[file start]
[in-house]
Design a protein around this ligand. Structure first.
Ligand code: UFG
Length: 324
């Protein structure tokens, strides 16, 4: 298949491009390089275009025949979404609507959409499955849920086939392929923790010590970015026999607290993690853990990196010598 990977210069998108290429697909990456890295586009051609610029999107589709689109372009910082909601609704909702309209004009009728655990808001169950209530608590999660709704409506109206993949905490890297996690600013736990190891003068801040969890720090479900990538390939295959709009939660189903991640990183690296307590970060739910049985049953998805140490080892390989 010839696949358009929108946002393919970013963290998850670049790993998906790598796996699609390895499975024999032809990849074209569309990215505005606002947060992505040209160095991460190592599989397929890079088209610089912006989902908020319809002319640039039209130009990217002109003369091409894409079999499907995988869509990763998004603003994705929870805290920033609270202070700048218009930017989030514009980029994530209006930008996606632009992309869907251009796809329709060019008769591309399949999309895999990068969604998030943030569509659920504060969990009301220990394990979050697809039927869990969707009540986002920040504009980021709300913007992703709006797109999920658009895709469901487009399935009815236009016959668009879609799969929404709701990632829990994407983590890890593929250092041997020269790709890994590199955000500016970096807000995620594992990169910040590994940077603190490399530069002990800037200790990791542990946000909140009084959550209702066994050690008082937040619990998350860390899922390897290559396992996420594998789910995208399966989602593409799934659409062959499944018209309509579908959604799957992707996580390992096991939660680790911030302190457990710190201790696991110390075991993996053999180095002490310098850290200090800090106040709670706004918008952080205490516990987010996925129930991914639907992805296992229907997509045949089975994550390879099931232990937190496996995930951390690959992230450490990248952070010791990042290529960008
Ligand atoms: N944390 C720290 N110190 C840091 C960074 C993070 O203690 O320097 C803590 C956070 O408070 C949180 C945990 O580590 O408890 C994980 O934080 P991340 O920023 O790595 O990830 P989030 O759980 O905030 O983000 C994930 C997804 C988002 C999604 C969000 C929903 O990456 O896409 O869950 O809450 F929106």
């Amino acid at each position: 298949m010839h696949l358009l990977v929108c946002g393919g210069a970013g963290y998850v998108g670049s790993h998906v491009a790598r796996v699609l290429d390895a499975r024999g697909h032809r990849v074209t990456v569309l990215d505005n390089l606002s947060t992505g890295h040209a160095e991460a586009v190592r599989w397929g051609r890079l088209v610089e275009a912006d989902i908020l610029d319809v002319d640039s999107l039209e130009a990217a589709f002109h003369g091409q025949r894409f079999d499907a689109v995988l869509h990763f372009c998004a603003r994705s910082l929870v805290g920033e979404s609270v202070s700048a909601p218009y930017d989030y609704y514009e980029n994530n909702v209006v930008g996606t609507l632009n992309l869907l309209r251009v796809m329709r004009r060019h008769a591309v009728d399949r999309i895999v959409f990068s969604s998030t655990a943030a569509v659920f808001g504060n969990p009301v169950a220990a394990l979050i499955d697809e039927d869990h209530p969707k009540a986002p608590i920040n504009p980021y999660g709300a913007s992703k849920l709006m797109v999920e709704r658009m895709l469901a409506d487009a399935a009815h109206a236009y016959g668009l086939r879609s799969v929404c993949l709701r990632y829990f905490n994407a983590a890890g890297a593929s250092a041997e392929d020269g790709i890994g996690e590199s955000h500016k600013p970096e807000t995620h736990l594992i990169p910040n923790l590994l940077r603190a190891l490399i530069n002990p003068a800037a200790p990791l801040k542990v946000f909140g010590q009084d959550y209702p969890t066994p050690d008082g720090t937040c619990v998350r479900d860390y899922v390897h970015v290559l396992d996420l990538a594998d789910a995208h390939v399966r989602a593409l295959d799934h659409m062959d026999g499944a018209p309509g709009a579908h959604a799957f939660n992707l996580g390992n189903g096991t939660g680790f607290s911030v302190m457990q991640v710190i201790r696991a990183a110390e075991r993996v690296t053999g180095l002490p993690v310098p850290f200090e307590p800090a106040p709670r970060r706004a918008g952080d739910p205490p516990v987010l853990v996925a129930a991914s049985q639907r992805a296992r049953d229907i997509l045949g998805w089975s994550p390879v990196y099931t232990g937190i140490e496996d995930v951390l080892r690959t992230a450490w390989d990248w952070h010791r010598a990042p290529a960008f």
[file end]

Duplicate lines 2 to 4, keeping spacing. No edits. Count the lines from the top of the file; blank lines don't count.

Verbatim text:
Design a protein around this ligand. Structure first.
Ligand code: UFG
Length: 324